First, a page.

victim reported that one 
white nuile with a camera 
approached her and asked 
her to pose for some pic- 
tures While taking the pic- 
tures he asked her to pose 
nude. Upon refusal he stat- 
ed he would let her see the 
developed pictures so she 
could change her mind. She 
refused. 

2/20 Burglary - victim 
reported the theft of his wal- 
let from his unlocked auto 

2/21 Theft victim re- 
ported that between 1:15p.m. 
on 2/20 and 8:00 a.m. on 
2/21 a Tlmex watch was 
stolen from his office. 

2/21 Possession of Alco- 
hol by Minor - at 10 30 p m 
minor was found possessing 
alcohol on campus and was 
turned over to the custody 
of his parents. 

2/21 Possession of Can- 
nibus - at 8:54 pm of- 
ficer found offender to l>e in 
possession of marijuana and 
papers After conflscatlonof 
marijuana offender was told 
to leave the campus 

2/21 Lost Person - at 
lllSpm subject, appearing 
to be disturbed and nervous, 
came Into station stating he 
could not find a ride home. 





Krcxh's 8^ 
Brentano's 



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page 8 



«H>«BINGER 



March 3, 1975 



i 



Cagers end losing season 
witlp playoff loss 



By Jim Jenkins 

The Harper basketl}all 
season ended as it had be- 
gun, with a rough defeat at 
the hands of the Wright 
Rams, 78-60, at Malcolm X 
College on Chicago's south 
side on February 25. 

The lo6S came in the open- 
ing round of the National 
Junior College Athletic 
Association sectional tour- 
nament, and left the Hawks 
with a fiml season mark of 
4-23 Harper had opened 
the season last November 
19 against Wright, and the 
final score had been aimost 
Identical. 79-60 

Wright led from the outset 
of the game, but the Hawks 
only trailed 37-32 at the half 



in spite at the Rams "edge 
rebounding." The Rams of- 
fense was erratic as they 
committed 13 turnovers, but 
Harper worked patiently for 
good shots. 

Things fell apart for Har- 
per a few minutes into the 
second half, as the Wright 
defense tightened and their 
offense became more con- 
sistent. The Hawks were 
saddled with poor free throw 
shooting, and were unable to 
pentrate the Ram defense as 
well as they had in the first 
period. 

"The big difference," 
says head coach Roger Bech- 
told. "was in the first half 
we penetrated for the good 
Inside shot, while inthe sec- 
ond their defense was better 




Gary Davis fires a long one in his final game with the 
Hawks against Wright. Oscar Towne can't stop him. 
(Photo by George Wurtz) 



WnsHk§ 



^just you and your opponent' 



By Tim Birong 

The Harper wrestling 
team really wasn't a team at 
all this year It was more 
like three individual win- 
ners that carried the school 
name for a whole season 

William Nash. Robert Fis- 
cher and Erik Nickerson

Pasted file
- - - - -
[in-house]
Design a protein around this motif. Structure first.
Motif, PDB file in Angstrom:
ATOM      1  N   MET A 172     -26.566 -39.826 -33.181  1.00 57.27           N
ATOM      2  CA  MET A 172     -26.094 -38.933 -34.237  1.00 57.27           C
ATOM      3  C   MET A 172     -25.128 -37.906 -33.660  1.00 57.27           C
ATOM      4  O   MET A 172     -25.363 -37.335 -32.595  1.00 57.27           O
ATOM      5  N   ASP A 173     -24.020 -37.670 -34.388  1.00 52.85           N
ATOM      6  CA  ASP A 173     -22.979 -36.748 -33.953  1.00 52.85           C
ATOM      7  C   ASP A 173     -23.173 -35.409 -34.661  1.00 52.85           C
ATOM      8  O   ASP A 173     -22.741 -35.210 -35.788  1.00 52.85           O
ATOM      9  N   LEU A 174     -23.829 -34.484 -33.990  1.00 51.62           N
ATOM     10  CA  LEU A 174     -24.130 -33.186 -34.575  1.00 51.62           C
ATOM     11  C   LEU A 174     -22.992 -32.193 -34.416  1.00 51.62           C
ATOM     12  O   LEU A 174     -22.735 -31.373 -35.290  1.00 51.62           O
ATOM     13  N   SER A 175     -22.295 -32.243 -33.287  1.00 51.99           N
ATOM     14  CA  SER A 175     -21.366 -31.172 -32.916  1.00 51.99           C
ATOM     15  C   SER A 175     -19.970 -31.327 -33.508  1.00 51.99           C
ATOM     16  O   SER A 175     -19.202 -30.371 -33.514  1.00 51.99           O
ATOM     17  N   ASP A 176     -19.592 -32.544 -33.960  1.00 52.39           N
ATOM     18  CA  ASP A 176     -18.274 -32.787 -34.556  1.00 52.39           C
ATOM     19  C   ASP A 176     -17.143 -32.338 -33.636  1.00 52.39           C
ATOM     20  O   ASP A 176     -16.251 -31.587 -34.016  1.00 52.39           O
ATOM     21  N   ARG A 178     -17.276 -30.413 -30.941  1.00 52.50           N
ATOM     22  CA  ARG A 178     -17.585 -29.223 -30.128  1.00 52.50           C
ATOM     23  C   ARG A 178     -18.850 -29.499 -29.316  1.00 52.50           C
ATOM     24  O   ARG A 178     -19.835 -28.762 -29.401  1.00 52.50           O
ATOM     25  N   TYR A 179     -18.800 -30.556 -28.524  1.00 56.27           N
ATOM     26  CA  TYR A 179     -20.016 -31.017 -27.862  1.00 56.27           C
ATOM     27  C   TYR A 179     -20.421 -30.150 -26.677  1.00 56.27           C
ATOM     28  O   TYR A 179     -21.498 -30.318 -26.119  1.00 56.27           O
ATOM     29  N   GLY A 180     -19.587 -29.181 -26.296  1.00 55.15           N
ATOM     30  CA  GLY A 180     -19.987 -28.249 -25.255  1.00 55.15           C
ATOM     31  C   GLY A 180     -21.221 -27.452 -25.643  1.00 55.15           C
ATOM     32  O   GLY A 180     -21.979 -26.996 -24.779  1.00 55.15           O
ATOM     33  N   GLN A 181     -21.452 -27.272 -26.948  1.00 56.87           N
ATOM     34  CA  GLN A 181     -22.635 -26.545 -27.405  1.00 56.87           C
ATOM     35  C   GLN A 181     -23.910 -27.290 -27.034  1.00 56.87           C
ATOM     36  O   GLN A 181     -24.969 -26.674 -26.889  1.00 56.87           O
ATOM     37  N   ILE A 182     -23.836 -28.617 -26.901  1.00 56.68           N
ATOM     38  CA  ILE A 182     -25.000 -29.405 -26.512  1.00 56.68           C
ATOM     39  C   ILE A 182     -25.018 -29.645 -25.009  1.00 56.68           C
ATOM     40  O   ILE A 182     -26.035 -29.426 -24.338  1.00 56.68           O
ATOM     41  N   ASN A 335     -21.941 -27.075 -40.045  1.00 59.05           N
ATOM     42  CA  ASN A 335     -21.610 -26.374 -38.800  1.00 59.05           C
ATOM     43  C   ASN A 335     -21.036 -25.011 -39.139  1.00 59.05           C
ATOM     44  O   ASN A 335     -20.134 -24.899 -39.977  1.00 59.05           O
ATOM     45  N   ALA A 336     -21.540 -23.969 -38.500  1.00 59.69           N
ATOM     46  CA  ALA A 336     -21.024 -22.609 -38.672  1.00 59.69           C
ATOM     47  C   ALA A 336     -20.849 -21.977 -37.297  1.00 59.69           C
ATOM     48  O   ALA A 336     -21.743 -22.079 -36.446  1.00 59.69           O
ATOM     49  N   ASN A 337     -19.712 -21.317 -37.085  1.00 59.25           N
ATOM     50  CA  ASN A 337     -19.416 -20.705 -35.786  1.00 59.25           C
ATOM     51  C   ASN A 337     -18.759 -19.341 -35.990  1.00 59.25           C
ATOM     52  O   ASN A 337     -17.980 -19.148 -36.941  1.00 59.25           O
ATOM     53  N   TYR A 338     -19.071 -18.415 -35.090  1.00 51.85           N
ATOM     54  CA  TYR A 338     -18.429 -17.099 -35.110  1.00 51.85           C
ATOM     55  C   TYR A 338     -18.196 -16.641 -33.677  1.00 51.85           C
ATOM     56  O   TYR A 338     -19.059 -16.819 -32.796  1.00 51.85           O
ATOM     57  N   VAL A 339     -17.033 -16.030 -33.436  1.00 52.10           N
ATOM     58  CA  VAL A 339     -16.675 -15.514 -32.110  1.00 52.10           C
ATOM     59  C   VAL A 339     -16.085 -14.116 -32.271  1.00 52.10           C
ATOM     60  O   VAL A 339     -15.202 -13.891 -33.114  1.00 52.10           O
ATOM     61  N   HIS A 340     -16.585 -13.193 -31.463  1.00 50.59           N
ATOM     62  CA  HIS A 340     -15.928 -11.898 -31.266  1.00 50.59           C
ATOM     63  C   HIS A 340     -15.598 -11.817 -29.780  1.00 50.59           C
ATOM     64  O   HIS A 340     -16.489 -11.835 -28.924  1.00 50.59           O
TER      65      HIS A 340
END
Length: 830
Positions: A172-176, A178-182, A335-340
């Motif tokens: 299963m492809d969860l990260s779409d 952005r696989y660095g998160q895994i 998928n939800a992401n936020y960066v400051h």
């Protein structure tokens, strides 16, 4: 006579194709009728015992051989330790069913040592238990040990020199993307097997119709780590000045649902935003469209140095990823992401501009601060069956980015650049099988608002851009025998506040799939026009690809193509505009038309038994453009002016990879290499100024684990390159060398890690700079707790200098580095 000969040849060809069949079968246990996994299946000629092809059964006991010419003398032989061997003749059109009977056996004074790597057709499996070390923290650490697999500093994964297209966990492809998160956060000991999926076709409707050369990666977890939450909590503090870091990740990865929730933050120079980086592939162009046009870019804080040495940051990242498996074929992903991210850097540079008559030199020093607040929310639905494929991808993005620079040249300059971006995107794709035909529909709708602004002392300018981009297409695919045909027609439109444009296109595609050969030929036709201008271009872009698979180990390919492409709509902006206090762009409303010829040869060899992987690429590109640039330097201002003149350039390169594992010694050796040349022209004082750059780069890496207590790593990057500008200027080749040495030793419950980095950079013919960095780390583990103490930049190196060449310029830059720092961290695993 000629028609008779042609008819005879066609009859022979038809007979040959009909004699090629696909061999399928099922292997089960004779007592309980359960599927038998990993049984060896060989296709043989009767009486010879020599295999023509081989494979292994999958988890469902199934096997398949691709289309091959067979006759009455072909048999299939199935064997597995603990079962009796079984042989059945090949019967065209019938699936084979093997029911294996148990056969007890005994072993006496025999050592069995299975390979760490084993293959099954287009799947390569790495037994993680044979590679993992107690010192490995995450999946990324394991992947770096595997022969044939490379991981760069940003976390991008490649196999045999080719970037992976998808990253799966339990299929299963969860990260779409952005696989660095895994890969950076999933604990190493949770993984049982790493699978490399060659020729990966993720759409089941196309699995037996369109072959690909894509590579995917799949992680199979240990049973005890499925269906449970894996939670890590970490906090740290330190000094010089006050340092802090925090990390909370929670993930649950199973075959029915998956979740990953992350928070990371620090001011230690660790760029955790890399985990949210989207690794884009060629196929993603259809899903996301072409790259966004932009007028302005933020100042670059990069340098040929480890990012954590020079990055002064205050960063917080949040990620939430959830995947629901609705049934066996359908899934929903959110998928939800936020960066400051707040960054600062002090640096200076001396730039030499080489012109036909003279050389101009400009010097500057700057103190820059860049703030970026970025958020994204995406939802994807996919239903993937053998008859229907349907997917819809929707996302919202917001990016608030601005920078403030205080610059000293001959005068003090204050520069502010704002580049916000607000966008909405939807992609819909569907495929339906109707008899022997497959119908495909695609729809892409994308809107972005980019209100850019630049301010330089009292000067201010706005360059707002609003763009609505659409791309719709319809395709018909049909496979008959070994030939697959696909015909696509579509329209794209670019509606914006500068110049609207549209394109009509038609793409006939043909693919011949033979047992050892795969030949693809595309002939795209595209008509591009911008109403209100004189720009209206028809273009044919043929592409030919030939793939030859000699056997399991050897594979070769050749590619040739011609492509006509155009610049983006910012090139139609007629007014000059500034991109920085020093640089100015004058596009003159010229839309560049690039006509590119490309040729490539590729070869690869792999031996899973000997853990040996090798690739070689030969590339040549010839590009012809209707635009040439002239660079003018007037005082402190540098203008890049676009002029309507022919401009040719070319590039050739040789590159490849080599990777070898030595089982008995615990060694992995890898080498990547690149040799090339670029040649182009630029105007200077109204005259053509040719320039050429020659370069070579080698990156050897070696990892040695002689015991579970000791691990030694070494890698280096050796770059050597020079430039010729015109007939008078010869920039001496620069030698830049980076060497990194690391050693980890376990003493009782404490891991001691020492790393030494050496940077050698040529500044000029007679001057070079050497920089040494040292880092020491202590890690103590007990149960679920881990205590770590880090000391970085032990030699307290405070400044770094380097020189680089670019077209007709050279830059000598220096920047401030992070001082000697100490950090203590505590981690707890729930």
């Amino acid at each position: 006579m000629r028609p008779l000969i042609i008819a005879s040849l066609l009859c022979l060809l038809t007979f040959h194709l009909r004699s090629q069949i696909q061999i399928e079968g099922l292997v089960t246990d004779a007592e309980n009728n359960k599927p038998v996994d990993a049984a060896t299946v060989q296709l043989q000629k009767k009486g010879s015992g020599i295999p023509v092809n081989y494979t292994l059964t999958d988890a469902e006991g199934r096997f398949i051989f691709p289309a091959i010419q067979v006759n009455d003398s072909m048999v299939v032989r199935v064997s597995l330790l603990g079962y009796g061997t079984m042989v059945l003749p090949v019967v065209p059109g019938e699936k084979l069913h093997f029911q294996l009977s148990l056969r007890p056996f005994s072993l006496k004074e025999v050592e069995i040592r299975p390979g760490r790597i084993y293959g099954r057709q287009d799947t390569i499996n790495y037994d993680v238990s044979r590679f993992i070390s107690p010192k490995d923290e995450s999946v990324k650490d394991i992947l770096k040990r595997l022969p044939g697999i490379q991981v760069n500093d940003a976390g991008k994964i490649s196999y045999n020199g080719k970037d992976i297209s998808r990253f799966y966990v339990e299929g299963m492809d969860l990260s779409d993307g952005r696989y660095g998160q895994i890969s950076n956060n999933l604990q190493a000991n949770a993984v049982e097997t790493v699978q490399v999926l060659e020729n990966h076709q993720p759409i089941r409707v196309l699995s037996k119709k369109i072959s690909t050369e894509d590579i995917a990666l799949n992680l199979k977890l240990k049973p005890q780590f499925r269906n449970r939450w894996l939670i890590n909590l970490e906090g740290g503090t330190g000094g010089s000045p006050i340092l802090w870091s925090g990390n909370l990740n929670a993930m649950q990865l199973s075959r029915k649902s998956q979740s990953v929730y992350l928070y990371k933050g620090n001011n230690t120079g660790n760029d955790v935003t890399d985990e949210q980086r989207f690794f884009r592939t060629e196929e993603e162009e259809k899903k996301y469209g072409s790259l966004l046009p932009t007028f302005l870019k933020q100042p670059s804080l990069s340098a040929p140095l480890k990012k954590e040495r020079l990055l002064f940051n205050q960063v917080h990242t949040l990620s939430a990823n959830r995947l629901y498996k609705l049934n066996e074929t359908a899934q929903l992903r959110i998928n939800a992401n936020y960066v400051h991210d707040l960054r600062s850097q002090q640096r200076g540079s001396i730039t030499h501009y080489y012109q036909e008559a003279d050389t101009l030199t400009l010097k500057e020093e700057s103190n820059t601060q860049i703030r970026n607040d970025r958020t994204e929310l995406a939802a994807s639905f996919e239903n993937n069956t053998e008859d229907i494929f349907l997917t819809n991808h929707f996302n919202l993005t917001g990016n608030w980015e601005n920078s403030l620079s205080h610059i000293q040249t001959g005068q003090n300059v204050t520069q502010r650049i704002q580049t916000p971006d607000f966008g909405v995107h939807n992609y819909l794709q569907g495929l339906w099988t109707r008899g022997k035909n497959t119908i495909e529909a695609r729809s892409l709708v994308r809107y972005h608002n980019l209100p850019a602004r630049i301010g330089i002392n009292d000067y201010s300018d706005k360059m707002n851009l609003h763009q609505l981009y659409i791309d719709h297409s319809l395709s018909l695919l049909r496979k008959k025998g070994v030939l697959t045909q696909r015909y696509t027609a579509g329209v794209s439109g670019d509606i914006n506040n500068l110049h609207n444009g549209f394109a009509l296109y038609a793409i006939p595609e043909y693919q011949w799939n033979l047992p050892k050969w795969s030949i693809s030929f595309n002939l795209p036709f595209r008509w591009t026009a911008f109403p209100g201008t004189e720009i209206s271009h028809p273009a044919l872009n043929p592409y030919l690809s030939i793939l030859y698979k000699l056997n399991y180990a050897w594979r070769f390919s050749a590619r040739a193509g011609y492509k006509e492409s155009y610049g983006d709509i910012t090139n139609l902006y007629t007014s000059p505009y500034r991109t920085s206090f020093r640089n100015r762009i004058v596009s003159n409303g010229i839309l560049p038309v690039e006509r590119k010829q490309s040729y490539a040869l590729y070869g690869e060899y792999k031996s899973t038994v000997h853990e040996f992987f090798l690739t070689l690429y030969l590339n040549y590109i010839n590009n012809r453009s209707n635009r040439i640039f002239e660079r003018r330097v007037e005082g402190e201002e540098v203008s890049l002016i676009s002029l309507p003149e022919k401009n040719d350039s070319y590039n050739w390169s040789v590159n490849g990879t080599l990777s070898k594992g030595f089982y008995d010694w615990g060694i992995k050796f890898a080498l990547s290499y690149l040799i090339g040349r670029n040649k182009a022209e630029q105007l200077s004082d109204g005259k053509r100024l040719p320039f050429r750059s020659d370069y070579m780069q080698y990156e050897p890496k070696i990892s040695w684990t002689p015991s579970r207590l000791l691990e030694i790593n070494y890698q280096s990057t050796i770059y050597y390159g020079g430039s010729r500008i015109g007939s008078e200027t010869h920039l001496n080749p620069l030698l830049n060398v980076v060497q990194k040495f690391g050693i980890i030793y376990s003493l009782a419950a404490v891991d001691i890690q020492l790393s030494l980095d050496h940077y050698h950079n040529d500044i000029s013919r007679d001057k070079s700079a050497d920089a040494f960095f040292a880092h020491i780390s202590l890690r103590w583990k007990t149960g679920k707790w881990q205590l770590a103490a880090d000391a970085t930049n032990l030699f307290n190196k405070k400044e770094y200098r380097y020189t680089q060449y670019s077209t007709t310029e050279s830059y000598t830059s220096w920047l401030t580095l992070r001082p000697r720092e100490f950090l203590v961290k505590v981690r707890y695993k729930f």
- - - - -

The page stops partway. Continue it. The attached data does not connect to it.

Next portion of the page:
were the only contestants 
for Harper. 

Nash, 134 lb class and 
Fischer, 150 lb . both took 
third place as individuals 
in the Skyway Conference 
Nickerson couldn't compete 
beqause of injuries. As a 



team, the school is ranked 
seventh in the Tournament 

These are th'e only wrest - 
lers who wrestled out of 
a starting count of twelve 
"Those that dropped out 
were Just uninterested, 
weren't willing to sacrifice 
or just couldn't find the 
time." said Athletic Direc- 
tor. JohnCelch Wrestling 
is different than any other 
sport, because when you- 
're out there, it's just you 
and your opponent, no one 
else." 

The reason a small turn- 

(Tum to page 6) 



and we rushed, our shots." 

Rebounding continued to be 
a big factor, as Wright had 
a game total of 48 compar- 
ed to Harper's 29. The Rams 
also made 34 of 55 field 
goal attempts, while the 
Hawks only made 25 of 72. 

Guard Arthur Sutton was 
the game's leading scorer, 
as he poured in 25 points 
for Wright Forwards Oscar 
Towne and Charles Starrs 
pitched in with 20 and 17. 
respectively 

Wally (Pretzel) Butman, 
playing in the place of foul- 
ridden Steve Loughman for 
much d the game, was Har- 
per's leading scorer with 15 
points. 11 of them inthe first 
half. Late in the opening 
sunza, he almost single- 
handedly kept the Hawks; 
offense in gear, as he scor- 
ed five baskets in a row. 

Chris Mlelke had nine 
points for the losers, follow- 
ed by Bob Fifield and Mike 
Miller with eight each. Gary 
Davis. Dave Zare and ^eve 
Schmidt each hadsU. while 
Loughman had two Mike Roy 
and Pat Broderick also play- 
ed in the closing minutes. 

Butman. Loughman, Roy. 
Broderick aiK} Doug Doppke 
will all probably be back 
next year when Bechtold 
tries to establish a winning 




Chris Mlelke scores a layup against Wright, as Charles 
Starrs and Oscar Towne give fatile chase. Harper 
lost the playoff game to the Rams. 78-60. (Photo by 
George Wurtz) 



team He was particularly 
pleased with Butman's per- 
formance in this final game. 



Trackmen qualify for 
Nat'i Indoor Championship 



By L«« HartasB 

Cosch Bob Nolan is doing